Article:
Earlier this week, the Federal Trade Commission (“FTC”) sent warning letters to six (6) major companies that market and sell automobiles, cellular devices, and video gaming systems. The FTC indicated that it has concerns about the companies’ statements that consumers must use specified providers to keep their warranties intact. Unless warrantors provide the parts or services for free or receive a waiver from the FTC, such statements generally are prohibited by the Magnuson-Moss Warranty Act, and may be deceptive under the FTC Act. The FTC has requested that each company review its promotional and warranty materials to ensure that they do not state or imply that warranty coverage is conditioned on the use of specific providers, and, if necessary, modify such materials. The warning letters state that the FTC will review the companies’ websites after thirty (30) days and that failure to correct any potential violations may result in an enforcement action.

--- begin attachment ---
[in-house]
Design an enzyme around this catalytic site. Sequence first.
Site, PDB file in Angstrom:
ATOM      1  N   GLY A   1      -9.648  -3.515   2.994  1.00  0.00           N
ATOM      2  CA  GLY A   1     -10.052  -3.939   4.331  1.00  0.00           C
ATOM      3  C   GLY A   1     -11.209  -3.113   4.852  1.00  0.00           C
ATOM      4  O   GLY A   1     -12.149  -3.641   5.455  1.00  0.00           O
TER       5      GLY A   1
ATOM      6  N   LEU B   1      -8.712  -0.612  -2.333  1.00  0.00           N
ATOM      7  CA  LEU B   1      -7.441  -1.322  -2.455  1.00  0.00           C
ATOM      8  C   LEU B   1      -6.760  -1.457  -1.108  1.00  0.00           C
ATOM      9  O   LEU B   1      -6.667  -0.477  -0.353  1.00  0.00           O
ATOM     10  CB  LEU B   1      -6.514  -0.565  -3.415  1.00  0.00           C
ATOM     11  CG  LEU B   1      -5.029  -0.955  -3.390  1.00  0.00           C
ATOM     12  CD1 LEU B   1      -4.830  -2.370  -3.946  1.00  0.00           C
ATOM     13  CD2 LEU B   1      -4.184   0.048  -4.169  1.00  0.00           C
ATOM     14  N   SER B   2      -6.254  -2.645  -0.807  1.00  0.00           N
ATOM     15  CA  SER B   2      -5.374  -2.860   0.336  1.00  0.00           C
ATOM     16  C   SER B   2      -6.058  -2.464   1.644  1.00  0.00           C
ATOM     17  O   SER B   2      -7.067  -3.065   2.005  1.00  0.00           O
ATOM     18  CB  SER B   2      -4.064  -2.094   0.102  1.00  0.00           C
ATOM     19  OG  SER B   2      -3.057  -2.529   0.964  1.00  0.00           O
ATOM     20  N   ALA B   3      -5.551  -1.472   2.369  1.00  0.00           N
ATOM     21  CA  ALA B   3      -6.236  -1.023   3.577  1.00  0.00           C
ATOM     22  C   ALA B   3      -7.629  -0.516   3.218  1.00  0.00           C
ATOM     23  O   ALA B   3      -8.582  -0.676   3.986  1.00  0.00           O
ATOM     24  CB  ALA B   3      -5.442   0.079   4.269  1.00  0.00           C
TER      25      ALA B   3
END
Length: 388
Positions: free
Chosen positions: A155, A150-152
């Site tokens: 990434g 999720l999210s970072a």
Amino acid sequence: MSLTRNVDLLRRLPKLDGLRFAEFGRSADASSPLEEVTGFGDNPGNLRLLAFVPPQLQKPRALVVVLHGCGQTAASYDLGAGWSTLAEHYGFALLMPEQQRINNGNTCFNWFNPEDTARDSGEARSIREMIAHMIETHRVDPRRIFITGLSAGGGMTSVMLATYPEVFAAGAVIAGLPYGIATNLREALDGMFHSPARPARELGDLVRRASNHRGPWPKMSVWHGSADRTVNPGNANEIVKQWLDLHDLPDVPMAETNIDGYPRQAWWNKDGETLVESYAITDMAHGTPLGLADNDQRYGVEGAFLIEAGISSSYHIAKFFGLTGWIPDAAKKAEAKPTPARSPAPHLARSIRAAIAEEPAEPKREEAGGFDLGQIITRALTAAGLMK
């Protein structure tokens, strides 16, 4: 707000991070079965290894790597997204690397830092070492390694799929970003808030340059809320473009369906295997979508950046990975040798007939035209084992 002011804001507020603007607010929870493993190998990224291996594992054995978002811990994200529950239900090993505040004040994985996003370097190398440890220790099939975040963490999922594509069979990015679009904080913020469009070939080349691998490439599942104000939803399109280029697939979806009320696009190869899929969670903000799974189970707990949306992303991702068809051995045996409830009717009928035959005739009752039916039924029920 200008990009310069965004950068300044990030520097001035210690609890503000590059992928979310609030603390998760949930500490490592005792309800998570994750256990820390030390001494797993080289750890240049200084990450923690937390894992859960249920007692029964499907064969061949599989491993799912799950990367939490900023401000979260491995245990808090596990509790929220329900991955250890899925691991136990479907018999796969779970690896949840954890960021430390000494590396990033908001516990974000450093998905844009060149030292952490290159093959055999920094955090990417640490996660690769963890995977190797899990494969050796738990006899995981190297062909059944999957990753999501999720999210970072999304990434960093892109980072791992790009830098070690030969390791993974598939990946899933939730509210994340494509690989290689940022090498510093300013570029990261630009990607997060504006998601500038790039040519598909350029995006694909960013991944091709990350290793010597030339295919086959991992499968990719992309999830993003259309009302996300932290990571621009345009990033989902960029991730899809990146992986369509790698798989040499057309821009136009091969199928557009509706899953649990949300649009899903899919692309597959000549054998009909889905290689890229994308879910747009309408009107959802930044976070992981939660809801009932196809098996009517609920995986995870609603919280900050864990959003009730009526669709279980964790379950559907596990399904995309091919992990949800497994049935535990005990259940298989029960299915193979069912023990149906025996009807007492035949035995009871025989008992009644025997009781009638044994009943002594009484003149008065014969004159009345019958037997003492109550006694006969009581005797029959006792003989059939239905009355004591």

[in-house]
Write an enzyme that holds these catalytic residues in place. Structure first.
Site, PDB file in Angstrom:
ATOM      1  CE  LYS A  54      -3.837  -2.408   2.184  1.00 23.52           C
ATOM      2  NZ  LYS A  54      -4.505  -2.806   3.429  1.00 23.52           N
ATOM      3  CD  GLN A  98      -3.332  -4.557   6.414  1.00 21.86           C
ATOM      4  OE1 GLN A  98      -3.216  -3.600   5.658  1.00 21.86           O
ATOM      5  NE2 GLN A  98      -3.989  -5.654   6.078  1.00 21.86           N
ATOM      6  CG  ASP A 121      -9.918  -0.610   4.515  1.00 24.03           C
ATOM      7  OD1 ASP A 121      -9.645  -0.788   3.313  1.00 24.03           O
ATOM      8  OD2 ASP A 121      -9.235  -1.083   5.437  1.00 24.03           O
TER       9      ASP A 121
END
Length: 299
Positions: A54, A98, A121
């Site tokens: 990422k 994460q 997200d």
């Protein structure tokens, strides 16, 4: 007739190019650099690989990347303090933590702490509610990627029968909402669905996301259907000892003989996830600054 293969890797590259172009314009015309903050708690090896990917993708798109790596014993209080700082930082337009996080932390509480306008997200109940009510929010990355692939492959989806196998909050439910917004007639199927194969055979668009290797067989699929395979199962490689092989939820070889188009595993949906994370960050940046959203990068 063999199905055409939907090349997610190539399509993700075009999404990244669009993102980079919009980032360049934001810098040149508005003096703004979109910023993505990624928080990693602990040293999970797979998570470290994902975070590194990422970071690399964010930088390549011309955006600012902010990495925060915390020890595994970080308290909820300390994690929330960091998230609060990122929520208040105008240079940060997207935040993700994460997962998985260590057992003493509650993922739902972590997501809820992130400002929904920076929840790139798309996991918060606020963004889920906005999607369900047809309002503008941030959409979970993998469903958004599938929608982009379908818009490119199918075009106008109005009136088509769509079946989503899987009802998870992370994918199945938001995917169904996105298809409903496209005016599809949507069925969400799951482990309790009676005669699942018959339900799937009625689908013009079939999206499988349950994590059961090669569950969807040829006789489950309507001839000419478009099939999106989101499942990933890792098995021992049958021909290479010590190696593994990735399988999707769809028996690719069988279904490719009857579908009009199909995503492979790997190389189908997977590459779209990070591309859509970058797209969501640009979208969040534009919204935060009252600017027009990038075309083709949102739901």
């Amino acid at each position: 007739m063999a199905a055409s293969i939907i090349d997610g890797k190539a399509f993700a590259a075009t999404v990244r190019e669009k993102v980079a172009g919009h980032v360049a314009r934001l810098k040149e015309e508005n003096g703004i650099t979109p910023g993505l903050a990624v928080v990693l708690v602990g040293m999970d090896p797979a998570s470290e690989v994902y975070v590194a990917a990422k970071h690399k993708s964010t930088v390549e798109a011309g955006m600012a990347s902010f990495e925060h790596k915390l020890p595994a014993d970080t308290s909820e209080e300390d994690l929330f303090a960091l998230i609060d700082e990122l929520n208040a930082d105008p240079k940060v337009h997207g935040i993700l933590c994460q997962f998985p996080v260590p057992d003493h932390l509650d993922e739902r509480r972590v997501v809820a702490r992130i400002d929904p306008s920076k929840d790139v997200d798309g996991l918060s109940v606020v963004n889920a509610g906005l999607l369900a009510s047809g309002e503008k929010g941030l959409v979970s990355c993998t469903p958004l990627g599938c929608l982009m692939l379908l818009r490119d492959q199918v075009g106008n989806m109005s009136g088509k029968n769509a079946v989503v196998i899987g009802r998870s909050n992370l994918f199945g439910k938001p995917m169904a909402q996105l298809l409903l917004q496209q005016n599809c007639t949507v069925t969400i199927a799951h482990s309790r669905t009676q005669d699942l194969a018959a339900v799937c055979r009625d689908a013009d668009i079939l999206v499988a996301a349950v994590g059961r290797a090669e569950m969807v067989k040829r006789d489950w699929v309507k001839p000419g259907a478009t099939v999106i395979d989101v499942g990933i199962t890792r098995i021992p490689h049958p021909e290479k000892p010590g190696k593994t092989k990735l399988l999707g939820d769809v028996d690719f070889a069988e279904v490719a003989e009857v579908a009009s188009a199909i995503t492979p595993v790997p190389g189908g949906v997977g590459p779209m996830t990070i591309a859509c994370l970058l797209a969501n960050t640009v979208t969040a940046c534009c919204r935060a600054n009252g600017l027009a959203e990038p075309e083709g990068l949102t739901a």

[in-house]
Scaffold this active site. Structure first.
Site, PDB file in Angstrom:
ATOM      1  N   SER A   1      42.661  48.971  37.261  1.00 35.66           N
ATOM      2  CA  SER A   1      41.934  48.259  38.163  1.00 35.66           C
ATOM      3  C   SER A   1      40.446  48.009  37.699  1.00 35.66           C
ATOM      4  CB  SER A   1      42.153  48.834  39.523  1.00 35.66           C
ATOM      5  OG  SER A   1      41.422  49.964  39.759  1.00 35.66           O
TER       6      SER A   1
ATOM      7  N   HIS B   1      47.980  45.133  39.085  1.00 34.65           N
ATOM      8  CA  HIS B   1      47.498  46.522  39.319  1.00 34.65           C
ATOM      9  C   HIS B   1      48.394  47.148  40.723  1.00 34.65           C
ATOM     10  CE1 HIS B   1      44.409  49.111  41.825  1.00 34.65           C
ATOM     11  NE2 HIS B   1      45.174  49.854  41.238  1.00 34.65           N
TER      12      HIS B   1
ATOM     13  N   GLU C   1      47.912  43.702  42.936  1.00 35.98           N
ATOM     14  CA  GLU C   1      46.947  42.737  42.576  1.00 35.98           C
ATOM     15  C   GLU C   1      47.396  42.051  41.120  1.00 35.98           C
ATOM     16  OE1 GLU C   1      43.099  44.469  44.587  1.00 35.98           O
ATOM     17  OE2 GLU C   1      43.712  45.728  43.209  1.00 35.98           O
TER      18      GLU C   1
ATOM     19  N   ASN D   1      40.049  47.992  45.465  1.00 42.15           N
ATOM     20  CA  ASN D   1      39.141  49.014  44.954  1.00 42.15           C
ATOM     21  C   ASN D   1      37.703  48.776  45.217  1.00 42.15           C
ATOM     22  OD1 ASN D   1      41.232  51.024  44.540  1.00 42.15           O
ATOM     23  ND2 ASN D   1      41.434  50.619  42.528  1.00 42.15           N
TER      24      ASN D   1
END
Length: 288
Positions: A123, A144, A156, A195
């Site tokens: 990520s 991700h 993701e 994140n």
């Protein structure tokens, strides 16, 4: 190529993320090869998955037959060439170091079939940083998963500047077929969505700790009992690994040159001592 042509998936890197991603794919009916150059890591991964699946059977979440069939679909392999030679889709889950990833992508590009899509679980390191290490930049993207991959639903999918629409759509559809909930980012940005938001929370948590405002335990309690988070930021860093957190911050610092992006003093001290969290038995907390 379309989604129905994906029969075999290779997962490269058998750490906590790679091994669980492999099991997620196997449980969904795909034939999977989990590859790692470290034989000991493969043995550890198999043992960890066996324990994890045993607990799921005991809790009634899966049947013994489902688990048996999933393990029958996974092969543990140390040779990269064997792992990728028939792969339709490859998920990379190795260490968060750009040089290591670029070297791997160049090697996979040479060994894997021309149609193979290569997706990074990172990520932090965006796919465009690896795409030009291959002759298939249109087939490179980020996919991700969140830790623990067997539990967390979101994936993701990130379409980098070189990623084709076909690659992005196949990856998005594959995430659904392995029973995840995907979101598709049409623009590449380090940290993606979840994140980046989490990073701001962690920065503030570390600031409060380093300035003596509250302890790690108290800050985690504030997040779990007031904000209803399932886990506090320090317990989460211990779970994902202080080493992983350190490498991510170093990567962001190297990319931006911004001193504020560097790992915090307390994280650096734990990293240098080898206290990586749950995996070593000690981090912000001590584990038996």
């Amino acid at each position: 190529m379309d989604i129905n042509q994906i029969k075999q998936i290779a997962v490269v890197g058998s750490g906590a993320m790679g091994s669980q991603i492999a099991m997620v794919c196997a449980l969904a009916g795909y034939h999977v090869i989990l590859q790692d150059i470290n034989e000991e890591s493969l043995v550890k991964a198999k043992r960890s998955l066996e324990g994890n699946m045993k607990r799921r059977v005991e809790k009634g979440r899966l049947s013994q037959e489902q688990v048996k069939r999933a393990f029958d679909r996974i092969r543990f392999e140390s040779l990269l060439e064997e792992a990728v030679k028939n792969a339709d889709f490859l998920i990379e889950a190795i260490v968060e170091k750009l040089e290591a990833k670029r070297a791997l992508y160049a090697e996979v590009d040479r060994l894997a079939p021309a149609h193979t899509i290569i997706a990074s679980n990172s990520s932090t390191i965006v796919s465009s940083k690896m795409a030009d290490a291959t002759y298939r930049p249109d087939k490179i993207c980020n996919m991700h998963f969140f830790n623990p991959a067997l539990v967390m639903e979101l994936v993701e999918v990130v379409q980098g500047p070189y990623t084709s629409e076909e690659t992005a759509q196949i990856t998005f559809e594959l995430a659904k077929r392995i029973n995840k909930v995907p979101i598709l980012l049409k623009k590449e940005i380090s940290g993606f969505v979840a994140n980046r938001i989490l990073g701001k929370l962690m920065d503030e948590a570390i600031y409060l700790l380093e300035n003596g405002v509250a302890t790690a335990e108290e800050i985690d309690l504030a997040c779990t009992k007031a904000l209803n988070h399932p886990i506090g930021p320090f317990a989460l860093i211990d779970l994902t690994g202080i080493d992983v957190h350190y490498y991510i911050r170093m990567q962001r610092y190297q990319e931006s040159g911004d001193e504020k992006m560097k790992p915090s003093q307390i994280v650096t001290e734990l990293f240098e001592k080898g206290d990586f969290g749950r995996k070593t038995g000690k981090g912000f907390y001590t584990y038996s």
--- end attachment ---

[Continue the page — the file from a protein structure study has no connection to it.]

Takeaway: Companies should review and, if necessary, update their product warranties for compliance with the Magnuson-Moss Act and the FTC Act, as these recent warning letters may signal additional enforcement by the FTC.